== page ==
Author Archives: lesleychamberlain

The Agonies of George Steiner

George Steiner, literary critic and polymath, has died aged 90. The problem Steiner he faced professionally in Britain and America, and particularly in English academia, was that his enormous breath of knowledge seemed somehow bogus. He achieved grudging recognition on … Continue reading

Posted in autobiography, Frankfurt School, German Literature, Literature in Translation, Things German, Who are you?, Writing | Tagged , , , , , , ,

Roger Scruton – A Personal Memoir

Roger Scruton – A Personal Memoir Roger Scruton, the foremost English conservative of his generation, was a brilliant man who would have wished to be a genius. This tension, and ambition, which he felt fiercely, kept him writing and publishing … Continue reading

Posted in Britain Today, British politics, Cold War, Current Affairs, Nietzsche in Turin, which I published in 1990, Who are you?, Writing | Tagged , , , , | 1 Comment

A giant step, but for whom?

I had the feeling this now passing year, 2019, that celebrations of the 50th anniversary of the American landing on the moon were underwhelming.  The BBC showed a  documentary by director Robert Stone which in its first two parts featured … Continue reading

Posted in Cold War, Current Affairs, Film, Philosophy and Philosophers, postmodernism, Writing | Tagged , ,

Le Carre’s Agent in a New Field

What a genius John Le Carre has for turning out highly readable and perfectly plotted novels! Now into his eighties with Agent Running in The Field he shows no signs of flagging. It’s true there’s something old bufferish about the … Continue reading

Posted in Britain Today, Cold War, novels, Writing | Tagged , , ,

A European View of Jeremy Corbyn

I don’t normally blog about politics but in the wake of the general election of December 2019 I can’t resist this. It’s the view of the liberal German newspaper Süddeutsche Zeitung. Boris Johnson couldn’t have had an easier opponent to … Continue reading

Posted in 2019 election, Britain Today, British politics, Current Affairs, German press, Who are you? | Tagged , , , ,

Letter to Nietzsche

The letter below was commissioned as part of an initiative this year to mark 175 years since the writer and philosopher, classicist and composer Friedrich Nietzsche was born in Röcken, in the German province of Saxony. The editors, Elmar Schenkel … Continue reading

Posted in German Literature, Nietzsche in Turin, Philosophy and Philosophers, Who are you?, Writing | Tagged , , ,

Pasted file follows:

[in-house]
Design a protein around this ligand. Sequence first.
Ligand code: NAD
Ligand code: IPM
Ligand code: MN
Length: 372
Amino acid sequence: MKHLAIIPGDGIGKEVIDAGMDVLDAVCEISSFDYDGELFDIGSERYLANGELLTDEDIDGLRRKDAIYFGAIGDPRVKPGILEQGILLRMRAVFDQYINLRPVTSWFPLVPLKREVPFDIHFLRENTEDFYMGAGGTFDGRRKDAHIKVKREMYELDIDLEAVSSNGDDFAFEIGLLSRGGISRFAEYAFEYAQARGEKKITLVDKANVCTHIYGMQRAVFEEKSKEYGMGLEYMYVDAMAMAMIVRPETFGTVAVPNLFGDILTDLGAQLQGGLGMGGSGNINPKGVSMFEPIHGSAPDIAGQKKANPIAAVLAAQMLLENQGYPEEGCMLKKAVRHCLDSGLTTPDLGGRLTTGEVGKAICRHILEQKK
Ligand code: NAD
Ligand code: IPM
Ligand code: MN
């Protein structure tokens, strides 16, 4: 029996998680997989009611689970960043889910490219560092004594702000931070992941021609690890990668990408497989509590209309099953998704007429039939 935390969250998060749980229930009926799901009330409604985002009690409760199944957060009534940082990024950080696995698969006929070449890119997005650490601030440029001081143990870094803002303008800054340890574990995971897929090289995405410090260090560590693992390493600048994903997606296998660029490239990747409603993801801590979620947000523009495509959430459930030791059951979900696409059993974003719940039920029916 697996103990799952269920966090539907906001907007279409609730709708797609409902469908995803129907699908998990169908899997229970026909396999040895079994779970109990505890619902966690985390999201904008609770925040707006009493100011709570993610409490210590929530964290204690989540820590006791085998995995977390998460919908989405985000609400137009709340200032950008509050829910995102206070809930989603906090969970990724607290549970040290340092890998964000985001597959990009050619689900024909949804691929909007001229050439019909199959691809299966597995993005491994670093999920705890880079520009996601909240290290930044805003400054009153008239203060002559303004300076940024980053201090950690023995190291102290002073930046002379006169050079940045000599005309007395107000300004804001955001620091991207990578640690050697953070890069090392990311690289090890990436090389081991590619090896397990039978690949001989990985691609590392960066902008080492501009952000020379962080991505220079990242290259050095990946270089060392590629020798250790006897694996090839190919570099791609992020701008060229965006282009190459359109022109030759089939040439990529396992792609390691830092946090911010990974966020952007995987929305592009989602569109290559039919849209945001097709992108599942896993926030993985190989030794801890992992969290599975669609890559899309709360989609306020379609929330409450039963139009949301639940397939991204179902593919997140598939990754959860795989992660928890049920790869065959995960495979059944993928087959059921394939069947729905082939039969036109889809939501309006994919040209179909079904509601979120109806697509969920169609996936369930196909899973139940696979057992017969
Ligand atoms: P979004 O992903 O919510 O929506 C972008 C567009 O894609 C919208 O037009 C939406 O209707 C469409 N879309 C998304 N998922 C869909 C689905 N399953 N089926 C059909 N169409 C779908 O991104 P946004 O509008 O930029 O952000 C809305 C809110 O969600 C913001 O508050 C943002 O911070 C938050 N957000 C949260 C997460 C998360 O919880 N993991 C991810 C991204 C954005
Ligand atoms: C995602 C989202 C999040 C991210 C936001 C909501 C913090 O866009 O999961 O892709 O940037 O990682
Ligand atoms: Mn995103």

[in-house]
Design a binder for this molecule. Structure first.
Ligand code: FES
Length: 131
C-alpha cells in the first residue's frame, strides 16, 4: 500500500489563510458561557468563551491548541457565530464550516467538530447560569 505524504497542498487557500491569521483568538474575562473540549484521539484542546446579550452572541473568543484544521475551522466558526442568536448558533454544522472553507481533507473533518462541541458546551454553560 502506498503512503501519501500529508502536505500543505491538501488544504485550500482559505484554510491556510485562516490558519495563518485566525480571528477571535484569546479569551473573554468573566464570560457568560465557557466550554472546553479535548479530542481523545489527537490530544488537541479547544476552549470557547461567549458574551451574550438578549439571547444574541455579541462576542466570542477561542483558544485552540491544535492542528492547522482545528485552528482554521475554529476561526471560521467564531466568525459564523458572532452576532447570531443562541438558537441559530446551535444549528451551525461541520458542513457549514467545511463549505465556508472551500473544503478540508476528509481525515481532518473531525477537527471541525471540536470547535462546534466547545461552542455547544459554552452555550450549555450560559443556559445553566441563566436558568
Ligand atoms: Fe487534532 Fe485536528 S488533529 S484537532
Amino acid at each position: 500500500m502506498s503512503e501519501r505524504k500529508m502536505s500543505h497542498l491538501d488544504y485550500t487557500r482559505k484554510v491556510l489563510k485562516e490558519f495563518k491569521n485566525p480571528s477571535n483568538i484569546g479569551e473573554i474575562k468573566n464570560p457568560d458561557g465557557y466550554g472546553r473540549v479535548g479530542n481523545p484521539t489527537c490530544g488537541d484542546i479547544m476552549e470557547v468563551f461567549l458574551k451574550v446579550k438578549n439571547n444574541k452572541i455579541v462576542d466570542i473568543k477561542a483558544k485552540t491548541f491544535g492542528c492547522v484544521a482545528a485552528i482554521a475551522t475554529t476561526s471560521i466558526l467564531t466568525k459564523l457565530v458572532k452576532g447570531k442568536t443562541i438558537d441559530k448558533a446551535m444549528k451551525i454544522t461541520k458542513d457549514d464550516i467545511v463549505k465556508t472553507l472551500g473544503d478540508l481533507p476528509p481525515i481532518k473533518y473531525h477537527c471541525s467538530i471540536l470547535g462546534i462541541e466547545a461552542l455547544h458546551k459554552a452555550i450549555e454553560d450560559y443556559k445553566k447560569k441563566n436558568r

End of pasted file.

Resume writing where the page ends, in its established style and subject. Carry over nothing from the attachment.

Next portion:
Van Gogh in Kent: the inspiration he took forward from his days in England

Van Gogh brings us so much happiness, although much of his life was tormented. He suffered like so many artists from the difficulty of finding a place in society and thus of keeping himself alive. In his early adult years … Continue reading

Posted in A Shoe Story, Art History, Van Gogh in England | Tagged , , ,

Naipaul’s Journey into Darkness

In V.S. Naipaul’s novel In a Free State the intensity of his descriptions of landscape, and of the forcefield of competing human existences, is staggering. Has there been a better winner of the Booker Prize, the best-known and most lucrative … Continue reading

Posted in Anyone's Game - my latest novel, english literature, Girl in a Garden- my first novel, novels, Who are you?, Writing | Tagged , , , , ,

Armando Iannucci The Death of Stalin: how do you make comedy out of tragedy?

Armando Iannucci’s film The Death of Stalin (2017) graced The New York Times’ best-of-the-year list last December for good reason. It raised the question of how you treat comically a story of moral depravity on a vast scale. It reminded … Continue reading

Posted in Arc of Utopia - my latest book, Cold War, Film, Russia, Writing | Tagged , ,

The End of the Gift of Language?

In November 2010 one of this country’s subtlest interpreters of French thought gave a lecture in the capital on Aristotle and his critics. Geoffrey Bennington’s rare London appearance was billed ‘Political Animals…’ but his actual topic was The Death of … Continue reading

Posted in American literature, Britain Today, French intellectuals, novels, postmodernism, Writing | Tagged , , , , , , , , , , , , , , | 1 Comment